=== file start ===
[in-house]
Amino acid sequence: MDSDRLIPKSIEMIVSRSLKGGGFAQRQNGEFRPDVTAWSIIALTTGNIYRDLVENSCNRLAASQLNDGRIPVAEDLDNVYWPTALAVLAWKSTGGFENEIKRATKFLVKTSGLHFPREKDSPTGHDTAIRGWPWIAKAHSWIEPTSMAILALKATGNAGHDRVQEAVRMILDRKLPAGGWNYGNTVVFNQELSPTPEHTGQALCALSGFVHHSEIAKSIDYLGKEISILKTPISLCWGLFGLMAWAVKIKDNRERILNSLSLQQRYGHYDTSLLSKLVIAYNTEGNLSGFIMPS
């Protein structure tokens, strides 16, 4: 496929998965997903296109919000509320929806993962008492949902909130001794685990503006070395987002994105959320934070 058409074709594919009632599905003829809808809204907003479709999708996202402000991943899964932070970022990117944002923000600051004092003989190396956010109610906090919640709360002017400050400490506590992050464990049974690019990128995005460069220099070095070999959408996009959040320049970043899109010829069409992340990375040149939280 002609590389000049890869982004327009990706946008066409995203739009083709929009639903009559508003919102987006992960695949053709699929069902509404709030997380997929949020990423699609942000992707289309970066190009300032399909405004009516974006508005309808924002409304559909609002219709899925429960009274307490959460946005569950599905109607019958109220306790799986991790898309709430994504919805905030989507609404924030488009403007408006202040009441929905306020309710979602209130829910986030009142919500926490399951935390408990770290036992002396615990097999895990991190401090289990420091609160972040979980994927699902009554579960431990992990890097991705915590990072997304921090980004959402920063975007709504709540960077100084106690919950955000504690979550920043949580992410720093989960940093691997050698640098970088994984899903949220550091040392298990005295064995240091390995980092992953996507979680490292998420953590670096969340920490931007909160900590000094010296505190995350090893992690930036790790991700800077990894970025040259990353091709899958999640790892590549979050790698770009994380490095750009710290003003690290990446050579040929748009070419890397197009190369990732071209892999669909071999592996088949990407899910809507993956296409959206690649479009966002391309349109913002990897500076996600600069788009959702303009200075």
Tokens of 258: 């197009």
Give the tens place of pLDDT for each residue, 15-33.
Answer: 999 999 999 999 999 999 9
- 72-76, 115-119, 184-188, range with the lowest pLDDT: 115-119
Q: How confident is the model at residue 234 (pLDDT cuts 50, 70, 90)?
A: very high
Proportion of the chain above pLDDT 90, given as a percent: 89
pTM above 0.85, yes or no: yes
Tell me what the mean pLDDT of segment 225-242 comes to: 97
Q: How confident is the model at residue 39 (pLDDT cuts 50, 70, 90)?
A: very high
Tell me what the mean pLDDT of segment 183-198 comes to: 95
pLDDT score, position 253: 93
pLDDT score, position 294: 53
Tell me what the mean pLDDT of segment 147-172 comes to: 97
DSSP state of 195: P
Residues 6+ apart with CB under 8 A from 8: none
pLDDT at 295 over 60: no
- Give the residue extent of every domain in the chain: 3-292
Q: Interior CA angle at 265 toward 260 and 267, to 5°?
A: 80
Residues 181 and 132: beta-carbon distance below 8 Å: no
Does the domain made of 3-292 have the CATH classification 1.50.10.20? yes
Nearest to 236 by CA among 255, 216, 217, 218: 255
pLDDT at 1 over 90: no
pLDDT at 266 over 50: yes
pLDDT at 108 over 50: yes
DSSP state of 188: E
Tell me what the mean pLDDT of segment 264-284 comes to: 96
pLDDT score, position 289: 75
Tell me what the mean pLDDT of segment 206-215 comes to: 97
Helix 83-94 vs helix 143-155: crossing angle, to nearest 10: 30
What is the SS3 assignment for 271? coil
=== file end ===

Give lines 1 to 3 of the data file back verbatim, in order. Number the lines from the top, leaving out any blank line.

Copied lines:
[in-house]
Amino acid sequence: MDSDRLIPKSIEMIVSRSLKGGGFAQRQNGEFRPDVTAWSIIALTTGNIYRDLVENSCNRLAASQLNDGRIPVAEDLDNVYWPTALAVLAWKSTGGFENEIKRATKFLVKTSGLHFPREKDSPTGHDTAIRGWPWIAKAHSWIEPTSMAILALKATGNAGHDRVQEAVRMILDRKLPAGGWNYGNTVVFNQELSPTPEHTGQALCALSGFVHHSEIAKSIDYLGKEISILKTPISLCWGLFGLMAWAVKIKDNRERILNSLSLQQRYGHYDTSLLSKLVIAYNTEGNLSGFIMPS
């Protein structure tokens, strides 16, 4: 496929998965997903296109919000509320929806993962008492949902909130001794685990503006070395987002994105959320934070 058409074709594919009632599905003829809808809204907003479709999708996202402000991943899964932070970022990117944002923000600051004092003989190396956010109610906090919640709360002017400050400490506590992050464990049974690019990128995005460069220099070095070999959408996009959040320049970043899109010829069409992340990375040149939280 002609590389000049890869982004327009990706946008066409995203739009083709929009639903009559508003919102987006992960695949053709699929069902509404709030997380997929949020990423699609942000992707289309970066190009300032399909405004009516974006508005309808924002409304559909609002219709899925429960009274307490959460946005569950599905109607019958109220306790799986991790898309709430994504919805905030989507609404924030488009403007408006202040009441929905306020309710979602209130829910986030009142919500926490399951935390408990770290036992002396615990097999895990991190401090289990420091609160972040979980994927699902009554579960431990992990890097991705915590990072997304921090980004959402920063975007709504709540960077100084106690919950955000504690979550920043949580992410720093989960940093691997050698640098970088994984899903949220550091040392298990005295064995240091390995980092992953996507979680490292998420953590670096969340920490931007909160900590000094010296505190995350090893992690930036790790991700800077990894970025040259990353091709899958999640790892590549979050790698770009994380490095750009710290003003690290990446050579040929748009070419890397197009190369990732071209892999669909071999592996088949990407899910809507993956296409959206690649479009966002391309349109913002990897500076996600600069788009959702303009200075």